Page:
HMS X-127 was built in 1915 in England for British Royal Navy to be used in World War I. She was 24 m long landing craft with 7 m beam, converted into a water lighter and later again into a fuel lighter. X127 was sunk on 6th March 1942.

The wreck was unidentified for years and was considered as an ordinary barge, known by divers with different names like Carolita or Coralita. In 2003 an underwater survey was carried out and the wreck was first identified as X-131 and few years later in 2006 confirmed to be X-127.

Maori was laid down by the Fairfield Shipbuilding and Engineering Company at Govan in Scotland on 6 June 1936 and launched on 2 September 1937 by Mrs. W. J. Jordan, the wife of the New Zealand High Commissioner Bill Jordan. The ship was commissioned on 2 January 1939.
Maori joined HMS Cossack's division in January 1939 and joined the Mediterranean Fleet. She and the other Tribal-class destroyers did convoy escort duties, and Maori then returned to Britain in October. Until April 1940 she patrolled the North Sea and also took part in the Norwegian Campaign. In June she sailed to Iceland looking for German warships and also served briefly in the Faroe Islands.
In May 1941, she participated in the pursuit and destruction of the German battleship Bismarck. While escorting Convoy WS-8B to the Middle East, Maori, along with the destroyers Cossack, Sikh and Zulu broke off on 26 May and headed towards the area where Bismarck had been reported. They found her that evening and made several torpedo attacks in the evening and into the next morning. No hits were scored but they kept her gunners from getting any sleep, making it easier for the battleships to attack her the next morning. Maori then rescued some of the survivors from Bismarck after the battleship sank.

She served with the 14th Destroyer Flotilla during the Battle of Cape Bon in December 1941. Maori, commanded by Commander R. E. Courage, RN, was attacked by German aircraft and sunk at her moorings in the Malta Grand Harbour on 12 February 1942, with the loss of one of her crew; she was raised and scuttled off Fort Saint Elmo on 15 July 1945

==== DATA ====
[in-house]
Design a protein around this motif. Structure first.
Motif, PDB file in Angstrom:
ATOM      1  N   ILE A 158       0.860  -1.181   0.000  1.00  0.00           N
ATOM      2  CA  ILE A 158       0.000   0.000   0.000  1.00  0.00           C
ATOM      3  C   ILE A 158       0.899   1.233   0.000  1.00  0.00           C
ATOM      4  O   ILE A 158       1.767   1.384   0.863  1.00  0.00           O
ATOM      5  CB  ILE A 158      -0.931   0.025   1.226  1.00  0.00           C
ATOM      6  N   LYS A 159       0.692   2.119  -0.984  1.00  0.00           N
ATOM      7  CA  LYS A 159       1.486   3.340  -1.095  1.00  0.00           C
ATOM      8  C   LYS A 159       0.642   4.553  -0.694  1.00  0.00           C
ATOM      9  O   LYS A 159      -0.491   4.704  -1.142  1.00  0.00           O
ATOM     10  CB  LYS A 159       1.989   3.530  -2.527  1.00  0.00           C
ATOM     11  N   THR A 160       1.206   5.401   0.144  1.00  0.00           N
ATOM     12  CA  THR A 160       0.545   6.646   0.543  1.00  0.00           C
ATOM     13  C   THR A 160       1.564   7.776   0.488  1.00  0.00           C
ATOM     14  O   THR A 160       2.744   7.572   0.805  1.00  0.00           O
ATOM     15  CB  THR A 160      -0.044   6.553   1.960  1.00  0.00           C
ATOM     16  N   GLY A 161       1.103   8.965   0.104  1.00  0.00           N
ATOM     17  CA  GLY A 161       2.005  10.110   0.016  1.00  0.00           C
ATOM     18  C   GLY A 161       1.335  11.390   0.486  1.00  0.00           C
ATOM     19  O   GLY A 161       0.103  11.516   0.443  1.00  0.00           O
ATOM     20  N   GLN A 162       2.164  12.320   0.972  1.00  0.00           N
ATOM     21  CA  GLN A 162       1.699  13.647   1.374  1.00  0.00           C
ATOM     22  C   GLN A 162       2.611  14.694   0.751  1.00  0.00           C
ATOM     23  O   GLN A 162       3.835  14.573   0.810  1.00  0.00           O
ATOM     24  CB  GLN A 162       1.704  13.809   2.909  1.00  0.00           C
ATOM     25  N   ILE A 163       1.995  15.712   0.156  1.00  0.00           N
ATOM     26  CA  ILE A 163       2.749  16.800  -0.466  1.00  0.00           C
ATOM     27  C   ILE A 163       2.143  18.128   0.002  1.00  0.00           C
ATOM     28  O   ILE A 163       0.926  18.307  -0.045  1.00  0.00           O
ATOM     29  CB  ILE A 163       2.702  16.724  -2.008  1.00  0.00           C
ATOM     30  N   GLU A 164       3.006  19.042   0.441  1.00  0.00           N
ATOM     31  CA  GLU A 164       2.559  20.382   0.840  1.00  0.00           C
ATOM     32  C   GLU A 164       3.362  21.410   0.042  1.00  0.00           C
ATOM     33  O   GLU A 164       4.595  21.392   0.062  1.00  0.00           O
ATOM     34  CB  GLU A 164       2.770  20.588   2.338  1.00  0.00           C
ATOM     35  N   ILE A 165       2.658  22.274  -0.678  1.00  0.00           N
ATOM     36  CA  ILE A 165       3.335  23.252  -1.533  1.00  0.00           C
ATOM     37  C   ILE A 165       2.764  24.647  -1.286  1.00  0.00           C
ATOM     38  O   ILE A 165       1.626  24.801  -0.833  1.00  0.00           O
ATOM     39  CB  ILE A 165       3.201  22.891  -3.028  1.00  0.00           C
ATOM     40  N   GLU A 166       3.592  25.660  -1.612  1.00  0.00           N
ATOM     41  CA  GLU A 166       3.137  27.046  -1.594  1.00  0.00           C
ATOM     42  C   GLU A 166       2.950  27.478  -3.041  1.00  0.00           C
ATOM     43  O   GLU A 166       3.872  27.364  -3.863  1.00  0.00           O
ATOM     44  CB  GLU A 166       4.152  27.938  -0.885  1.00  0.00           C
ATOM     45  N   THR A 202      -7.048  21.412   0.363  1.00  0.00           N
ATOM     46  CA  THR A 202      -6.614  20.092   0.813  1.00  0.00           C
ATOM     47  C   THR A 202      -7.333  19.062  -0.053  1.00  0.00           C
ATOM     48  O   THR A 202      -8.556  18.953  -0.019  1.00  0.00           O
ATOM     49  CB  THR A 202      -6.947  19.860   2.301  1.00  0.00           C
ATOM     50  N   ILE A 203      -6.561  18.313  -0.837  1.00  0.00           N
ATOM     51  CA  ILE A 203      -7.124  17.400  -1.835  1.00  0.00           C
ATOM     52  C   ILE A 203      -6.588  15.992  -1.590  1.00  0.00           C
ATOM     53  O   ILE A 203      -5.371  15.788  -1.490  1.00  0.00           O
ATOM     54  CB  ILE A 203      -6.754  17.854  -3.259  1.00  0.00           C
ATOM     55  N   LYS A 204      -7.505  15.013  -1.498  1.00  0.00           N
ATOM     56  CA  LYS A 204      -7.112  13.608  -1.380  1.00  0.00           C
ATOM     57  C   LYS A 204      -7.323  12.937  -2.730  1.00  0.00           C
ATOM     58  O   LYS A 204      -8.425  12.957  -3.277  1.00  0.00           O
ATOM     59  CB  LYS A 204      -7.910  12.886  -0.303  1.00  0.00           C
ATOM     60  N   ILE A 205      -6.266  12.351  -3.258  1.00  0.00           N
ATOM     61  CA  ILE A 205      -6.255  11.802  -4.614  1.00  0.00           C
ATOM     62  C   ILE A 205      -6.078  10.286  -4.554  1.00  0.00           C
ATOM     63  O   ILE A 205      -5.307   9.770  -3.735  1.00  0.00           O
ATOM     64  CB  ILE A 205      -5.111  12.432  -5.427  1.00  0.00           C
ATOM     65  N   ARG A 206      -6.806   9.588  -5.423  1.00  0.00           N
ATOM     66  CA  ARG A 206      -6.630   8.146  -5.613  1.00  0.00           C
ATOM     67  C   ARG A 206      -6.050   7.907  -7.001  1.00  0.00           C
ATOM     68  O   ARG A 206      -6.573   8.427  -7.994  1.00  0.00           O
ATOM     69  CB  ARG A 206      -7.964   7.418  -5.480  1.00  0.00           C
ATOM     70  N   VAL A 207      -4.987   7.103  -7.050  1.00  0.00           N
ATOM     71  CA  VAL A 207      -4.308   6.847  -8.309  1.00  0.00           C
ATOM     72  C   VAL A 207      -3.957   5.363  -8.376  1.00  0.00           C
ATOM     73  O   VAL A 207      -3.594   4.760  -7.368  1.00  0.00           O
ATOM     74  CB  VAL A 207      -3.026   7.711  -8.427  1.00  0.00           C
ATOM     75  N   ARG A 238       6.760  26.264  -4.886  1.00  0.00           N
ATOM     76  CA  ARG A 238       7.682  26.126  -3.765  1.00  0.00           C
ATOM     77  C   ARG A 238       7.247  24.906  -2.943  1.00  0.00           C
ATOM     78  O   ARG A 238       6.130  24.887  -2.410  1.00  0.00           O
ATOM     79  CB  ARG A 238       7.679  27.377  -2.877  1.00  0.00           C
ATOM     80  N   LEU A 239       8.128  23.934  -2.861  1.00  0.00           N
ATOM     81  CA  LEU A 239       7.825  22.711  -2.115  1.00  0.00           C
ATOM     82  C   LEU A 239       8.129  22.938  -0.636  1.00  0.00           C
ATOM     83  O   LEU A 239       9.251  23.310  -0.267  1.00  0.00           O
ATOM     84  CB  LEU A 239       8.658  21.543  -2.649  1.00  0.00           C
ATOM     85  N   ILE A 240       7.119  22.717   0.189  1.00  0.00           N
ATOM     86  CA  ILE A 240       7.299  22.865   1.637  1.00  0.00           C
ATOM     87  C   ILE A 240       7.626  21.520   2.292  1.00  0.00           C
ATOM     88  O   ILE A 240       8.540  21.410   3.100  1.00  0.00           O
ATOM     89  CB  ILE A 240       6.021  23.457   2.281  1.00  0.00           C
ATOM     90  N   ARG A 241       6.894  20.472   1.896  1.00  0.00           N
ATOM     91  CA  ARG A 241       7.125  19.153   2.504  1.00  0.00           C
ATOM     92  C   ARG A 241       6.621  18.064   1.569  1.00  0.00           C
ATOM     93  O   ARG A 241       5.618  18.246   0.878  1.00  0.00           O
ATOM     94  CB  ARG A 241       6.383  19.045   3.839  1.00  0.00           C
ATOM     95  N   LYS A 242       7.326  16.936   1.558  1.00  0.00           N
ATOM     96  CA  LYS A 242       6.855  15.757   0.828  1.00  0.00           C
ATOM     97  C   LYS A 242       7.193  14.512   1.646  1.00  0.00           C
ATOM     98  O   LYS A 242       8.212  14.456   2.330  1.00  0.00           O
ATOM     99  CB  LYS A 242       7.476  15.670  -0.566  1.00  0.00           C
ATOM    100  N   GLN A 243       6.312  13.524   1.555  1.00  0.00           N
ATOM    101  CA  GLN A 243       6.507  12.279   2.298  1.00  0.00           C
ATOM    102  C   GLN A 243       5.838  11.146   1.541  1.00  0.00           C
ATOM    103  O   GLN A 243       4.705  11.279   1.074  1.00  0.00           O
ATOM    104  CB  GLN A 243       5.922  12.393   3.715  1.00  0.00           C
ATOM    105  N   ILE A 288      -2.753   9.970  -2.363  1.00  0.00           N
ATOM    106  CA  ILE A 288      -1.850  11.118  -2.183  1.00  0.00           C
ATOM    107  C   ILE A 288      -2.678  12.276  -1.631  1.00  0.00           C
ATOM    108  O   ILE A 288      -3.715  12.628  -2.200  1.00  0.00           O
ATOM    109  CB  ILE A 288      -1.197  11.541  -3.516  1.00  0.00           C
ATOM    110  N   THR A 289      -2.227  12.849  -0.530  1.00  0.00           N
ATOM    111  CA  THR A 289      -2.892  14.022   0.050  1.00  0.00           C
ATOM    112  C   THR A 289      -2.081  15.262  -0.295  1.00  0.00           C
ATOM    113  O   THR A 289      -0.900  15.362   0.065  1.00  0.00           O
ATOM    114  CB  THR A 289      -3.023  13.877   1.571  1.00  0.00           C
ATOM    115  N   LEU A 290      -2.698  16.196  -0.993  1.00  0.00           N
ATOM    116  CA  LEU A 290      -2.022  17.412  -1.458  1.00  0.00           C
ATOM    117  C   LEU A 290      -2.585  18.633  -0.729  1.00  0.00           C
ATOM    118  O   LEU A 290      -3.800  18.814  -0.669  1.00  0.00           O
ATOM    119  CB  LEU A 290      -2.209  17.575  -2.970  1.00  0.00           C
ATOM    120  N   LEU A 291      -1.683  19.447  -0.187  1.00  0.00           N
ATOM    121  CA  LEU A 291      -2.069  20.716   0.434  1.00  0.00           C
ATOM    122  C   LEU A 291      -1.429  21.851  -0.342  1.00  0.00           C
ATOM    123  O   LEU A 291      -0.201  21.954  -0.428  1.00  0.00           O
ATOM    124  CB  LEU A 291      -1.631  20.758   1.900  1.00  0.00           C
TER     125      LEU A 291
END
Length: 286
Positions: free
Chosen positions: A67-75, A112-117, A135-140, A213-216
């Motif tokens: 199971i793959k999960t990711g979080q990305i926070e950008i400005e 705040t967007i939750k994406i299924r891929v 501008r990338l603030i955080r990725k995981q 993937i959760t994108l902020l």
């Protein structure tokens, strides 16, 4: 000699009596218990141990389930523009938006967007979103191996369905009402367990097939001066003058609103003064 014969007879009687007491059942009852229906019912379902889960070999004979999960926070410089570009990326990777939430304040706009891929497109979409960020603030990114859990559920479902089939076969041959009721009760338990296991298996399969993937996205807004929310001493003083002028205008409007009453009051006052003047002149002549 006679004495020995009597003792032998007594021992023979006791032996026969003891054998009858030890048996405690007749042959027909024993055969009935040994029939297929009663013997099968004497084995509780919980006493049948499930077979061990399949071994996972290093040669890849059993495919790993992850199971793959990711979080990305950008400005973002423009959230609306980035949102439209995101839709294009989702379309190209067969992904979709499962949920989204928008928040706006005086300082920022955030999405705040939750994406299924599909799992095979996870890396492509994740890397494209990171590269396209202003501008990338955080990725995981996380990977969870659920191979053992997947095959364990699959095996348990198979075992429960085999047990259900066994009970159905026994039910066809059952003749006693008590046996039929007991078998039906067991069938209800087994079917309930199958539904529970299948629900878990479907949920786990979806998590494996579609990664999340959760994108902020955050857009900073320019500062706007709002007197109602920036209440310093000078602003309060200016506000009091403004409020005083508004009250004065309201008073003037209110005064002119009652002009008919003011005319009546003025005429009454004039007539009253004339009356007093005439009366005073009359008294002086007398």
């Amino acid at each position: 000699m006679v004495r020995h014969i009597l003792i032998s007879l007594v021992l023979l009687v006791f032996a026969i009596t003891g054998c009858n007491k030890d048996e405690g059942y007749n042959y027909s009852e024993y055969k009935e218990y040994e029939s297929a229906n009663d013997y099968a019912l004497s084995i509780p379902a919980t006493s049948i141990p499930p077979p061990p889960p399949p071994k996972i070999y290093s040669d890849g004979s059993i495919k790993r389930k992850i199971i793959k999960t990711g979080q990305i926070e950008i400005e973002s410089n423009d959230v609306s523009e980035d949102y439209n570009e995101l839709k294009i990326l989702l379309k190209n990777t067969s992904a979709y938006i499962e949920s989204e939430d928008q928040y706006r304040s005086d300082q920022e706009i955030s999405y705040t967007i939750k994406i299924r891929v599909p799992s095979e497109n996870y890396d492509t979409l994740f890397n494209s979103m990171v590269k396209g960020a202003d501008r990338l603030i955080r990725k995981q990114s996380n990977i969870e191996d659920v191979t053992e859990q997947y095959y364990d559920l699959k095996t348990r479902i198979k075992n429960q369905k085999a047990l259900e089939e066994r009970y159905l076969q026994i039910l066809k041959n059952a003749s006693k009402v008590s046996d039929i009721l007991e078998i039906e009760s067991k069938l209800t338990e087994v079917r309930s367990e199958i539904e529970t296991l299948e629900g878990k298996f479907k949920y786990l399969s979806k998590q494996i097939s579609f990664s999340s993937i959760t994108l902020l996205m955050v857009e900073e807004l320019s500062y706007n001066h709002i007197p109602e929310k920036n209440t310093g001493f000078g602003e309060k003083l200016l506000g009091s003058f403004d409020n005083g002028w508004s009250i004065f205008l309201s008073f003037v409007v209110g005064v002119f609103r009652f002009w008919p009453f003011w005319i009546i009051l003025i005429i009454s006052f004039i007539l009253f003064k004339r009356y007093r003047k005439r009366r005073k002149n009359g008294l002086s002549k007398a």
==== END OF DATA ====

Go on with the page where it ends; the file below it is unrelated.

Lighter X127 The Maori
Marsaskala wrecks. These wrecks, one a Tanac Type “St Michael” 20 meters in length built in 1944 by a Canadian Company & the other 16 meters long, Melita Type ” Number 10” saw many years of service towing numerous other ships around Grand Harbor. Just like in other sites these where deliberately scuttled mainly to offer an alternative site to other dive sites.

SS Margit is a shallow World War II wreck dive in Malta. Margit was a Panamanian steam passenger ship built in 1912. She was sunk in an air raid on 19th April 1941 in Kalkara Creek, on the eastern side of Grand Harbour of Valletta. The wreck is also known as MV Odile.

SS Margit lies at a depth of 22 meters on a silty bottom in the middle of Kalkara Creek parallel to the shore. The wreck is around 100 meters long and quite broken. She is listed to port side, and her two masts and funnel have been removed by explosives.

As Margit wreck it is located in the harbour area, the visibility is not that great (compared to other Maltese dive sites), and due boat traffic

Tugboat Number 10 St Michael SS Margit
  St Paul's Bay and Mdina still images.